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Author Topic: Why do people make it hard to see when an element has been tab selected?  (Read 56 times)

gleepower

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Currently I have quite bad RSI, which makes it harder for me to use a mouse. However, otherwise perfectly good websites often make the tab selection basically invisible or seem to actively remove it? Why do websites do this? What should you do in your CSS to make it obvious (a ugly black box would honestly suit me, as long as I know what I'm selecting).
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Jason Knight

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Because the majority of users and developers have no idea that websites can even be keyboard navigated. Of increasing annoyance is how many browsers now no longer even navigate anchors by default for the same reason, instead only focusing form elements. (

Even if in both cases it's a violation of the WCAG that could get you in trouble legally.

I ALWAYS give my anchors and other elements the same state for :focus as I do :hover... most people skip this out of ignorance. What's REALLY annoying is the people who turn off outline on :focus, as that's just willfully telling keyboard users to suck it.

Though if you have strain injury, you should consider a pointing device -- like a thumb based trackball -- that immobilizes the hand. For most carpal, repetitive stress, etc, users trackballs like the Logitech M570, MX Ergo, Elecom EX-G, or even the Perixx Perinence-517 work wonders.  Amazon even has a rebranded version of the Elecom they sell under their own name for around $24 that's fine-and-dandy.

It takes very little strength or exertion to move the ball meaning you don't develop pain across the entire hand like you do with a regular mouse. There is one hell of a conversion time at first, but once you get used to it? Well, it gets kind of hard to ever use a mouse or trackpad ever again because they suck so bad.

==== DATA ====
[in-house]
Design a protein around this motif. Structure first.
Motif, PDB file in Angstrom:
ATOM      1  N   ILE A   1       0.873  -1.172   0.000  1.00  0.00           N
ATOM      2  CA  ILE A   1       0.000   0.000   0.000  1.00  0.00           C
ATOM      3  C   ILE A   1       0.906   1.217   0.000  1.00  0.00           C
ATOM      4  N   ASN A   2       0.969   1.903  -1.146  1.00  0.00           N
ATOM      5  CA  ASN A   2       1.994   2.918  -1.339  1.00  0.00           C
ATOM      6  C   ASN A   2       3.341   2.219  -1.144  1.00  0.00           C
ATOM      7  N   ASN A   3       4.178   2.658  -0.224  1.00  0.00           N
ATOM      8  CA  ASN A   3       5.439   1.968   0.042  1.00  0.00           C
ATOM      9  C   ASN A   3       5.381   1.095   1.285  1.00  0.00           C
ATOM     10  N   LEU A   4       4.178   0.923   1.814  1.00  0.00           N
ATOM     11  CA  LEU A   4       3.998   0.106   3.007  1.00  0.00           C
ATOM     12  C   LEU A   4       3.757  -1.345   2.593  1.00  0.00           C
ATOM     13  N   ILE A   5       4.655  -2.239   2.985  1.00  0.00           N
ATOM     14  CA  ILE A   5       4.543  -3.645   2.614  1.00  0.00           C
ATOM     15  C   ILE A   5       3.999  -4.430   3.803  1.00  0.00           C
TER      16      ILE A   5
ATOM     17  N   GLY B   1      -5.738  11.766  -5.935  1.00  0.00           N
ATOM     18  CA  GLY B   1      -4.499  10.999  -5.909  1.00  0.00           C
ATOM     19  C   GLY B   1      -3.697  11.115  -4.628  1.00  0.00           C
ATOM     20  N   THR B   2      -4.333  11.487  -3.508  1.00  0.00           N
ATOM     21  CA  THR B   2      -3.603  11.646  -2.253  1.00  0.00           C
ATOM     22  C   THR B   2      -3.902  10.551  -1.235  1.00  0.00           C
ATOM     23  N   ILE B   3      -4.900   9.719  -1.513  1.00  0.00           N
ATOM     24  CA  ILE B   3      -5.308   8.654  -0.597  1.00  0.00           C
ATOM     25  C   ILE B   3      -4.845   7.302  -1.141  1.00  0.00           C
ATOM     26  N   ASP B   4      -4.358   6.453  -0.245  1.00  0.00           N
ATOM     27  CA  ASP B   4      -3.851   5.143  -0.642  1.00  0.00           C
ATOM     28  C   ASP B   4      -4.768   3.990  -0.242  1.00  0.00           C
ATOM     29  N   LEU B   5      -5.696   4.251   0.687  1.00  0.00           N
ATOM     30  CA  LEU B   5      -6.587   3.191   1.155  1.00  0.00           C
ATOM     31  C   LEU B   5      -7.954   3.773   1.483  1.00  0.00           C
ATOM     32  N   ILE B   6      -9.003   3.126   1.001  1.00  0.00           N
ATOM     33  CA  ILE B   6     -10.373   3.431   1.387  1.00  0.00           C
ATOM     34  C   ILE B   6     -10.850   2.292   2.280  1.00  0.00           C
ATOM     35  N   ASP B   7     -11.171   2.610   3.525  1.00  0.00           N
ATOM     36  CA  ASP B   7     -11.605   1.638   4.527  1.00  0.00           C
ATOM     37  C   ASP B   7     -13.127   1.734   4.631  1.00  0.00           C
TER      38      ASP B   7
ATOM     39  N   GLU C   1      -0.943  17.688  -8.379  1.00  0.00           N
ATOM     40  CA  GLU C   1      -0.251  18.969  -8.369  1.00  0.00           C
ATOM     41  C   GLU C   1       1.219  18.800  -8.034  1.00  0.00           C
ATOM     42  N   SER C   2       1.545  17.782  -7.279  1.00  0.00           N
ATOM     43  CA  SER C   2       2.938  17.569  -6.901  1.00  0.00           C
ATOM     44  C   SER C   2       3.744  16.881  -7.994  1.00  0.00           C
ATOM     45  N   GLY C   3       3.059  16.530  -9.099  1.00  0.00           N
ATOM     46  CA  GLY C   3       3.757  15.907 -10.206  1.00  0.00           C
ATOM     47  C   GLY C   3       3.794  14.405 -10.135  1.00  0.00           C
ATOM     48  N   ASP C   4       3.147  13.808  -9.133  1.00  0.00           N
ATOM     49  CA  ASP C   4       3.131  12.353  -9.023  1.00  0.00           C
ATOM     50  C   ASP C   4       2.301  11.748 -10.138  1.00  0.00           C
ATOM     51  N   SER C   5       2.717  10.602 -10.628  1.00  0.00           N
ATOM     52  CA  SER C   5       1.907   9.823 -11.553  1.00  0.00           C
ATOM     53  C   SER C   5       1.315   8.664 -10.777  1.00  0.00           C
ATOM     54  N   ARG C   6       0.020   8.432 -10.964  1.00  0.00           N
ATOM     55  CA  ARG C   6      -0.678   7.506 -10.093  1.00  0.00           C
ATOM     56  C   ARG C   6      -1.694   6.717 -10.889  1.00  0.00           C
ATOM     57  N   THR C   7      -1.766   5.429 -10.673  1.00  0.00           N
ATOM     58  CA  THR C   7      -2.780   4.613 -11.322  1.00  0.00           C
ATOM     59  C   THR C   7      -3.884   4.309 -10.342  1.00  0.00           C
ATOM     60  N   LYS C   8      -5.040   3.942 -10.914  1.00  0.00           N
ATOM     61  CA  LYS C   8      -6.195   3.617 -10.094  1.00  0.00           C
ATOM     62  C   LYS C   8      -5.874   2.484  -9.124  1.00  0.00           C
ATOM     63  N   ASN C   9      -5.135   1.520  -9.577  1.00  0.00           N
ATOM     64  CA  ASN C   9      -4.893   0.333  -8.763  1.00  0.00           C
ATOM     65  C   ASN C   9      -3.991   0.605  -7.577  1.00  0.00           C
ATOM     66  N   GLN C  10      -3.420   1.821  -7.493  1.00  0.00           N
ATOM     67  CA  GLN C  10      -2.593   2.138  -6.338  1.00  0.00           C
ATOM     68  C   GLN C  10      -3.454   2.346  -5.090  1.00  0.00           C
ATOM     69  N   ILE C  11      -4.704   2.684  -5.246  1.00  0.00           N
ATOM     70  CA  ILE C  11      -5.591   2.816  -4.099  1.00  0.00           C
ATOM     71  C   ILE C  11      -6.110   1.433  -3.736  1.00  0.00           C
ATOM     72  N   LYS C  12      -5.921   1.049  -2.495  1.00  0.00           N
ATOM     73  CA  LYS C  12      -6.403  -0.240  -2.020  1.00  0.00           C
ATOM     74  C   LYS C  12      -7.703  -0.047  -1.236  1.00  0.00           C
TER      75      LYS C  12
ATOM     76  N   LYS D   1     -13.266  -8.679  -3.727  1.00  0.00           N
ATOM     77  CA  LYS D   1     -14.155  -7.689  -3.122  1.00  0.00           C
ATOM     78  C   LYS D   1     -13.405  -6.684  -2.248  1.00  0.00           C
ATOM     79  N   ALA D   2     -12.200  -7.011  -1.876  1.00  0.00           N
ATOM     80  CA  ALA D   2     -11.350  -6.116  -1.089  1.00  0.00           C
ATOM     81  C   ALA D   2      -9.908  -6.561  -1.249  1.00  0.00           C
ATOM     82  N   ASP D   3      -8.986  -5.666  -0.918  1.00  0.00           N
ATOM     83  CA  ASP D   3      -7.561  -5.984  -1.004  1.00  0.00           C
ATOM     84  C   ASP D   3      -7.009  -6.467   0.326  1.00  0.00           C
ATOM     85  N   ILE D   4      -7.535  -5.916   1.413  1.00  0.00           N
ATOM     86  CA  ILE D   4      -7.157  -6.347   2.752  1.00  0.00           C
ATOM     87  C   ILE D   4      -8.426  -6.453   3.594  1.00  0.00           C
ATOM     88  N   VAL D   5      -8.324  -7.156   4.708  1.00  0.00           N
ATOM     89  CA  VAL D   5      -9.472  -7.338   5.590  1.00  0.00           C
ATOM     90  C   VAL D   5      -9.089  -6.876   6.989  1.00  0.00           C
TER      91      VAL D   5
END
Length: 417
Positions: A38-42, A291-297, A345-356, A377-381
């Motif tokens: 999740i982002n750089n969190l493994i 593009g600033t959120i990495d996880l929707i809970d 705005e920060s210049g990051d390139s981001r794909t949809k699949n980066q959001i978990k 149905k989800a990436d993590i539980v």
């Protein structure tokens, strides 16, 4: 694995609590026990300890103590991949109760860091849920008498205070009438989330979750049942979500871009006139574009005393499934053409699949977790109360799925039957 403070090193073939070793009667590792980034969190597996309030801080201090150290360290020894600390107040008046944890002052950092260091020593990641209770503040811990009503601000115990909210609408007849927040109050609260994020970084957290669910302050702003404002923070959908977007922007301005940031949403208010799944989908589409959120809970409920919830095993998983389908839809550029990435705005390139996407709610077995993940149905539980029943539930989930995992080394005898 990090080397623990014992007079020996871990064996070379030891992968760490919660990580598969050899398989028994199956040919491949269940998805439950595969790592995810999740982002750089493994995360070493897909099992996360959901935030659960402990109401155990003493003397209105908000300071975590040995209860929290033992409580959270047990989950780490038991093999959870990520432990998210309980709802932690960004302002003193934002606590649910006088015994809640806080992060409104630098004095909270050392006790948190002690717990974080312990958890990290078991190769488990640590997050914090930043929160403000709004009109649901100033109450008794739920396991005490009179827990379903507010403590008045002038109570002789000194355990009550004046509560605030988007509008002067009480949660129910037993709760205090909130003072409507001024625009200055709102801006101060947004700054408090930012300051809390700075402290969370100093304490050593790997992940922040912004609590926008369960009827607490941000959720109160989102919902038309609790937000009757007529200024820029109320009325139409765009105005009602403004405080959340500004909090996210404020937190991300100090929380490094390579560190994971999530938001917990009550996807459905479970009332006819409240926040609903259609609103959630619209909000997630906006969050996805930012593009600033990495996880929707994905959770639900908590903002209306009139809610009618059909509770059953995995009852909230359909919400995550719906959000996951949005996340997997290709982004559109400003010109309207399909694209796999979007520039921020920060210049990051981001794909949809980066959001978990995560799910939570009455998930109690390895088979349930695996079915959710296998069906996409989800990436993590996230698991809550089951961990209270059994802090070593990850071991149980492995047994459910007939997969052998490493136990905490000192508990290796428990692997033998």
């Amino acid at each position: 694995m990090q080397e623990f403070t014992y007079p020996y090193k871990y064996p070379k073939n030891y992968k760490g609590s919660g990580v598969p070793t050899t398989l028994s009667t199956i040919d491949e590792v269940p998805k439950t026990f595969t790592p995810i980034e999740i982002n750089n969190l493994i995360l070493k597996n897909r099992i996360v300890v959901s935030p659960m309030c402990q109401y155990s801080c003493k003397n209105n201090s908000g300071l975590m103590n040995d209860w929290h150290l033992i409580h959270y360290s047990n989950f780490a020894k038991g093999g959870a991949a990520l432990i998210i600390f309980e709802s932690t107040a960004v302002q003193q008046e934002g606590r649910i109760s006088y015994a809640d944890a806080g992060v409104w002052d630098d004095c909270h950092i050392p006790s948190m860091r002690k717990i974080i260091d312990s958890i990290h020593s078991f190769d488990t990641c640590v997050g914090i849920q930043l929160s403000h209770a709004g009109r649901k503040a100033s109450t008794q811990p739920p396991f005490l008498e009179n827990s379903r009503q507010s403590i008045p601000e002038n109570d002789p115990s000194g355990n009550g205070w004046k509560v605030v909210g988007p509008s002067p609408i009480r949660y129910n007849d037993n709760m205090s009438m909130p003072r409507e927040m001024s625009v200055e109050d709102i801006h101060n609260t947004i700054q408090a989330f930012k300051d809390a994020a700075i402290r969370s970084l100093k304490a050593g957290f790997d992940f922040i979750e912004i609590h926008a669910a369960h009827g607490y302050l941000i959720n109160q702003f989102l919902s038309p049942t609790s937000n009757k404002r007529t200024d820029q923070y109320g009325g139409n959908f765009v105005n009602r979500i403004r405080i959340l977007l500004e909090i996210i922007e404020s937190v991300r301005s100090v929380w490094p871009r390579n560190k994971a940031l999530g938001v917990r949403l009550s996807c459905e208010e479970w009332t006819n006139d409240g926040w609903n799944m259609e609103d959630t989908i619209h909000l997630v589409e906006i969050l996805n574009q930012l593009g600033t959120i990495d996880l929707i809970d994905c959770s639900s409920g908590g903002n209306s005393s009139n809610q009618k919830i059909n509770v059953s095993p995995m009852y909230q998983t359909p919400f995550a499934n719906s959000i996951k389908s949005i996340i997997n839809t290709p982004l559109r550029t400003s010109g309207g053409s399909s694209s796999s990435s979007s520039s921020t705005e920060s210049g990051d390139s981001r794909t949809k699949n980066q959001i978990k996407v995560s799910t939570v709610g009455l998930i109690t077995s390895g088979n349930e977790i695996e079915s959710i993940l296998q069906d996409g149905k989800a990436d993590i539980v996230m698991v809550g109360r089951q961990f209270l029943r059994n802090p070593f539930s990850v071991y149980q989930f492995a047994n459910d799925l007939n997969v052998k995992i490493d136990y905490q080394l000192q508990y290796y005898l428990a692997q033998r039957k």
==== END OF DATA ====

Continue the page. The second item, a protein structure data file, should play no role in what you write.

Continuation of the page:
... and they also make amazing TV remotes if running a media center PC.
« Last Edit: 29 Nov 2019, 04:32:15 pm by Jason Knight »
"It is amazing what can be accomplished when nobody cares who gets the credit." -- Kelly Johnson

fgm

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In my case it was just ignorance. I've fixed it applying the same treatment as :hover, thank you for the heads up.

However, I did not remove it, that would be really stupid... this would be a typical request by graphic artists self called "designers" when making a website.

« Last Edit: 29 Nov 2019, 06:30:13 pm by fgm »

Jason Knight

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In my case it was just ignorance.
Which is the only forgivable one of the 3i... ignorant isn't an insult or something to be ashamed of, it just means you didn't know.

It's when you're told and still willfully ignore it that it goes from ignorant to stupid... and sadly far too many developers go that route instead. :(

See the derps who do all the other accessibility violations like using PX instead of EM, or ignoring colour contrasts, or flipping the bird at semantics and separation of presentation from content. You can tell them all the reasons not to do that, and some people will still vomit up an endless stream of why they're going to ignore it because they either "can't be bothered' or "don't care" or -- worst of all -- it's just "how they feel about it."

That last one being much akin to what Ron White said. "You can't fix stupid."
"It is amazing what can be accomplished when nobody cares who gets the credit." -- Kelly Johnson

 

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